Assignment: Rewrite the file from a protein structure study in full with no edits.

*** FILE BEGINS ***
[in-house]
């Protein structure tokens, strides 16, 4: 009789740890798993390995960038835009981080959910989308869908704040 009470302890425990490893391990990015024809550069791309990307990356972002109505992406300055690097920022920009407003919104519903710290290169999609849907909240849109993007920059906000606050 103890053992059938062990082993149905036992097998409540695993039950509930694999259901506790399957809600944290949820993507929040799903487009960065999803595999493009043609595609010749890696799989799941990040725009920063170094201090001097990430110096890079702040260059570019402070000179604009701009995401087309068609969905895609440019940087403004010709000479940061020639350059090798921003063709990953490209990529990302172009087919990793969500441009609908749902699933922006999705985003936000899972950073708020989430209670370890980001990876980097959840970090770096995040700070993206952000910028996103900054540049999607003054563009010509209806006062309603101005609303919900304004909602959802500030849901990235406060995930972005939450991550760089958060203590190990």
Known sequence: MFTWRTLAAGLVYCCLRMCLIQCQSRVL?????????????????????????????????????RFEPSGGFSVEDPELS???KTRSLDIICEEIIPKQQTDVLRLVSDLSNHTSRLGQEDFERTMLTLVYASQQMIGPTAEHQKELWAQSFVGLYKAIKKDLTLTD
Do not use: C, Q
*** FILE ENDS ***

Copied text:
[in-house]
């Protein structure tokens, strides 16, 4: 009789740890798993390995960038835009981080959910989308869908704040 009470302890425990490893391990990015024809550069791309990307990356972002109505992406300055690097920022920009407003919104519903710290290169999609849907909240849109993007920059906000606050 103890053992059938062990082993149905036992097998409540695993039950509930694999259901506790399957809600944290949820993507929040799903487009960065999803595999493009043609595609010749890696799989799941990040725009920063170094201090001097990430110096890079702040260059570019402070000179604009701009995401087309068609969905895609440019940087403004010709000479940061020639350059090798921003063709990953490209990529990302172009087919990793969500441009609908749902699933922006999705985003936000899972950073708020989430209670370890980001990876980097959840970090770096995040700070993206952000910028996103900054540049999607003054563009010509209806006062309603101005609303919900304004909602959802500030849901990235406060995930972005939450991550760089958060203590190990």
Known sequence: MFTWRTLAAGLVYCCLRMCLIQCQSRVL?????????????????????????????????????RFEPSGGFSVEDPELS???KTRSLDIICEEIIPKQQTDVLRLVSDLSNHTSRLGQEDFERTMLTLVYASQQMIGPTAEHQKELWAQSFVGLYKAIKKDLTLTD
Do not use: C, Q